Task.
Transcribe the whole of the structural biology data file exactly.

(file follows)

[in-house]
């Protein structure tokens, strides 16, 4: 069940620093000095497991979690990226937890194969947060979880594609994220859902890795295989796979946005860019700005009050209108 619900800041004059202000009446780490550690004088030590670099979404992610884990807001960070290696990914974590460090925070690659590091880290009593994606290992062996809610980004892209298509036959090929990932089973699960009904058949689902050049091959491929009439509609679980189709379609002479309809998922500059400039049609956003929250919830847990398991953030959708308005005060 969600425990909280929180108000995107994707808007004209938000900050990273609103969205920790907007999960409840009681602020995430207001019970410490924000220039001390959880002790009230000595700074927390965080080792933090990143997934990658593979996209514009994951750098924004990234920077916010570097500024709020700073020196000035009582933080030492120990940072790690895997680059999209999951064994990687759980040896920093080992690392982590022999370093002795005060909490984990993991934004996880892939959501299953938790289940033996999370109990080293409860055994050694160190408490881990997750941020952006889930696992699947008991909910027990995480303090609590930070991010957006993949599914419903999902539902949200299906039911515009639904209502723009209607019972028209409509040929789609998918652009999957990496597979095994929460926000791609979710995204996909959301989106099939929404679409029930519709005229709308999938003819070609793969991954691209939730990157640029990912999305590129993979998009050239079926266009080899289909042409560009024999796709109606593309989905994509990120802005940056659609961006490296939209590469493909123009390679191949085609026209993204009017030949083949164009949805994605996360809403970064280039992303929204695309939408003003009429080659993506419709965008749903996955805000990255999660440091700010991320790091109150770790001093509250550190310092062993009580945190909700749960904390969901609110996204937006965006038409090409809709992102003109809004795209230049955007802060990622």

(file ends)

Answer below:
[in-house]
């Protein structure tokens, strides 16, 4: 069940620093000095497991979690990226937890194969947060979880594609994220859902890795295989796979946005860019700005009050209108 619900800041004059202000009446780490550690004088030590670099979404992610884990807001960070290696990914974590460090925070690659590091880290009593994606290992062996809610980004892209298509036959090929990932089973699960009904058949689902050049091959491929009439509609679980189709379609002479309809998922500059400039049609956003929250919830847990398991953030959708308005005060 969600425990909280929180108000995107994707808007004209938000900050990273609103969205920790907007999960409840009681602020995430207001019970410490924000220039001390959880002790009230000595700074927390965080080792933090990143997934990658593979996209514009994951750098924004990234920077916010570097500024709020700073020196000035009582933080030492120990940072790690895997680059999209999951064994990687759980040896920093080992690392982590022999370093002795005060909490984990993991934004996880892939959501299953938790289940033996999370109990080293409860055994050694160190408490881990997750941020952006889930696992699947008991909910027990995480303090609590930070991010957006993949599914419903999902539902949200299906039911515009639904209502723009209607019972028209409509040929789609998918652009999957990496597979095994929460926000791609979710995204996909959301989106099939929404679409029930519709005229709308999938003819070609793969991954691209939730990157640029990912999305590129993979998009050239079926266009080899289909042409560009024999796709109606593309989905994509990120802005940056659609961006490296939209590469493909123009390679191949085609026209993204009017030949083949164009949805994605996360809403970064280039992303929204695309939408003003009429080659993506419709965008749903996955805000990255999660440091700010991320790091109150770790001093509250550190310092062993009580945190909700749960904390969901609110996204937006965006038409090409809709992102003109809004795209230049955007802060990622």